Here we are - the beginning of a new year. Chances are, you invested the time and resources into an annual planning session. What do you have to show for it? How can you make sure that this time next year you are celebrating the fact that you’ve achieved your goals, and not just dusting off a binder or searching for a Powerpoint file thinking “shoot - we didn’t get any of this done!”?
At Rhythm Systems, we’ve seen thousands of initiatives completed successfully, and we’ve learned some patterns for success and failure for annual plans.
5 Common Reasons Annual Plans Fail
- Lack of clarity and specificity in your plan. Let me give you an example here. Let’s say that you want to launch a new product line in 2017. Everyone in the meeting agrees that this is a wonderful idea! The head of marketing leaves and immediately calls his team together - “Stop what you’re doing - we’re launching a new product line and we need all our resources on this now!” The CFO budgets to make at least $10M from the new product this year - “Nice, we can approve those new hire requests now.” And, the head of product development leaves thinking his team will just put together a few mock up versions of something new to present at next year’s annual planning meeting - easy, peasy. Whoa! We can see that this team was not aligned at all, and it’s easy to see how resources will be wasted and the project won’t get done.
- Failure to gain support from key team members. We’ve all been in meetings where there is heated discussion about what should be done. Everyone presents a passionate argument for their side, but eventually one side wins out - maybe the CEO puts her foot down and says, “This is what we’re doing this year.” Maybe that’s her right, but how does that feel to the others in the room? What’s the likelihood that those passionate champions of another way will go out and give the CEO’s plan all they’ve got? While they probably won’t actively sabotage her plan, they also probably won’t go out of their way to make sure it is successful.
- Lack of communication. Once you’ve got the plan in place, do you take that critical next step of sharing it with everyone in your company? Do the people on the front lines, the ones interacting with your products and customers on a daily basis, know what the key goals are for the year? Do they know how they can help? If you keep your plan a secret, then how can you possibly succeed?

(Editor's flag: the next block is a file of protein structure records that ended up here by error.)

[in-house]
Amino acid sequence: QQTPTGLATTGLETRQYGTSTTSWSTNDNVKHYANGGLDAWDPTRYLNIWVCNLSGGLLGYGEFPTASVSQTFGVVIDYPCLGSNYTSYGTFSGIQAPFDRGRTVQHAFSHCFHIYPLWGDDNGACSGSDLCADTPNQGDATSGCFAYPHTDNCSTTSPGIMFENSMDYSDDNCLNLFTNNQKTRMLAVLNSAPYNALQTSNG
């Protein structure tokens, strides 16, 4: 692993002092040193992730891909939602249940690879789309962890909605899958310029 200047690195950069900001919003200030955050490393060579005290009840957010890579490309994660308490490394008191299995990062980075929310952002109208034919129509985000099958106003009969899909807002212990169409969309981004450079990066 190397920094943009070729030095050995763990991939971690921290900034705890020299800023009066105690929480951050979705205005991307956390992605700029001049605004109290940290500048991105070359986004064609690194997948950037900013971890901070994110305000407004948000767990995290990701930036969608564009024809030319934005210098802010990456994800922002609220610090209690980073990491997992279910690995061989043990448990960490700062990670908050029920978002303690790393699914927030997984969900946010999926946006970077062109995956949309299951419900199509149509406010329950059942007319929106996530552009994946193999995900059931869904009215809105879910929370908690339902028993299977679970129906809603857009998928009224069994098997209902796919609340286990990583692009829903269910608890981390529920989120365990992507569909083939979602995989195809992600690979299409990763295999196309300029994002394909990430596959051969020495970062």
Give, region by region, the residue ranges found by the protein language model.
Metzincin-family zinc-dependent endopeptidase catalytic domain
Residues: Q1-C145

- No rhythm of quarterly planning. Some companies only meet once a year to set strategic initiatives. We find that annual planning, though it is critical, is not enough. Don’t try to plan detailed execution for an entire year (see “Life happens” below), or just paint broad strokes and hope that the execution just “happens.” Neither will be effective.
- Life happens. Even the most perfectly crafted, broadly supported, clearly communicated plan will face obstacles. You never know what can happen - the economy fluctuates, competitors come and go, government or industry regulations change overnight, phenomenal opportunities drop in your lap. And, then, the best-laid plans can go out the window through no fault of your own.
If any of these common pitfalls sound familiar, don’t worry! It is not too late to get back on track to achieve your important annual initiatives.
6 Tips to Make this Year Different
- Assign an owner and set clear Red-Yellow-Green success criteria for every initiative on your annual plan. This way, there’s no confusion about what needs to be done, what success looks like, and who is accountable for achieving it. Even if it is a team effort that will take contributions from everyone in the company, you need one person accountable for driving it forward. And, everyone involved needs to have a clear and common understanding of your goal.
- Use an experienced facilitator. It might be too late for some of you for this year, but if you find that you suffer from heated disagreements or lack of support for your key annual initiatives, you might consider bringing in an experienced facilitator for your next session. This person can help you discuss, debate, and agree on those initiatives in a way that each person feels heard and validated and leaves the meeting able to support and advance a plan, even if it was not his/her own.
- Get everyone in the company involved. People want to be connected to the purpose of the company; give them a way to get excited about achieving your annual plan. Have a town hall meeting or a webinar to share the vision for the year - inspire them to get involved, and ask “What can I do to help?”
- Run a 13-Week Race. Meet every quarter to review your progress toward your annual goals and set a new focus for the next 13-weeks. Break your big annual initiatives down into more manageable 13-week priorities. Use the annual plan as your roadmap to your final destination, but feel free to make adjustments in your route to account for changes in your circumstances.
- Have Weekly Adjustment Meetings. This is where the rubber meets the road in executing your plan. Meet every week, not to update each other on your status, but to work together on solutions when the plan is in danger of getting off track. Be disciplined, hold yourselves accountable, and do the work together to reach your quarterly and annual goals.
- Celebrate your success! At the end of this year, reward yourself and your team for putting in the hard work and having the discipline to reach new heights rather than settling for another year where those great ideas and brilliant plans go to waste.
Good luck and go for it! Make this a great year for your company!
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